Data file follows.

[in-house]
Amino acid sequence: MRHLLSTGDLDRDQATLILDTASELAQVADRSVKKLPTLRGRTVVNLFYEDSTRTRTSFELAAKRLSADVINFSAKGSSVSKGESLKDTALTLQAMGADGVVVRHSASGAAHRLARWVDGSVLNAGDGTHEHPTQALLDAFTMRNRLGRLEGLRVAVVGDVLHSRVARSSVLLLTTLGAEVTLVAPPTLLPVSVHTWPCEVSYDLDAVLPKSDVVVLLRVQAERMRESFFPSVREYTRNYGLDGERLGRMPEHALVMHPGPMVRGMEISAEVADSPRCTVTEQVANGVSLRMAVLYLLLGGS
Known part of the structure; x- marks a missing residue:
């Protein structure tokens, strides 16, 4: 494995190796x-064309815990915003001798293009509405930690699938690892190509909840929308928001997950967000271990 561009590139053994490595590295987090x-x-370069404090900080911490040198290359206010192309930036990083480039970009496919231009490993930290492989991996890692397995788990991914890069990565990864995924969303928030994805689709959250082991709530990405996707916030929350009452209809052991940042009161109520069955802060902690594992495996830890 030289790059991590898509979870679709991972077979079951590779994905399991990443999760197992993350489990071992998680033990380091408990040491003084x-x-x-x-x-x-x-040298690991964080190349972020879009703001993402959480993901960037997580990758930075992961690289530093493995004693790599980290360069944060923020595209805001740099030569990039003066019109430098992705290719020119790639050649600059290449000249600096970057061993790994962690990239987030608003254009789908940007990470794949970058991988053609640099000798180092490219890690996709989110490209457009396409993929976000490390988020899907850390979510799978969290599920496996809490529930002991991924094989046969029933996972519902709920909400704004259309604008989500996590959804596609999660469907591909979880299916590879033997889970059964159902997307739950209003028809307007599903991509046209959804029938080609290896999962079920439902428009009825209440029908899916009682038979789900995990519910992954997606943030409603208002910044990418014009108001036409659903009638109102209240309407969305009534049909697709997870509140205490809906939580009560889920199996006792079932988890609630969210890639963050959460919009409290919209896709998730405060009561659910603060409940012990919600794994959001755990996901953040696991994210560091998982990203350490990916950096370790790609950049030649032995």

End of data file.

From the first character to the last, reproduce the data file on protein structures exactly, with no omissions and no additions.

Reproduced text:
[in-house]
Amino acid sequence: MRHLLSTGDLDRDQATLILDTASELAQVADRSVKKLPTLRGRTVVNLFYEDSTRTRTSFELAAKRLSADVINFSAKGSSVSKGESLKDTALTLQAMGADGVVVRHSASGAAHRLARWVDGSVLNAGDGTHEHPTQALLDAFTMRNRLGRLEGLRVAVVGDVLHSRVARSSVLLLTTLGAEVTLVAPPTLLPVSVHTWPCEVSYDLDAVLPKSDVVVLLRVQAERMRESFFPSVREYTRNYGLDGERLGRMPEHALVMHPGPMVRGMEISAEVADSPRCTVTEQVANGVSLRMAVLYLLLGGS
Known part of the structure; x- marks a missing residue:
């Protein structure tokens, strides 16, 4: 494995190796x-064309815990915003001798293009509405930690699938690892190509909840929308928001997950967000271990 561009590139053994490595590295987090x-x-370069404090900080911490040198290359206010192309930036990083480039970009496919231009490993930290492989991996890692397995788990991914890069990565990864995924969303928030994805689709959250082991709530990405996707916030929350009452209809052991940042009161109520069955802060902690594992495996830890 030289790059991590898509979870679709991972077979079951590779994905399991990443999760197992993350489990071992998680033990380091408990040491003084x-x-x-x-x-x-x-040298690991964080190349972020879009703001993402959480993901960037997580990758930075992961690289530093493995004693790599980290360069944060923020595209805001740099030569990039003066019109430098992705290719020119790639050649600059290449000249600096970057061993790994962690990239987030608003254009789908940007990470794949970058991988053609640099000798180092490219890690996709989110490209457009396409993929976000490390988020899907850390979510799978969290599920496996809490529930002991991924094989046969029933996972519902709920909400704004259309604008989500996590959804596609999660469907591909979880299916590879033997889970059964159902997307739950209003028809307007599903991509046209959804029938080609290896999962079920439902428009009825209440029908899916009682038979789900995990519910992954997606943030409603208002910044990418014009108001036409659903009638109102209240309407969305009534049909697709997870509140205490809906939580009560889920199996006792079932988890609630969210890639963050959460919009409290919209896709998730405060009561659910603060409940012990919600794994959001755990996901953040696991994210560091998982990203350490990916950096370790790609950049030649032995």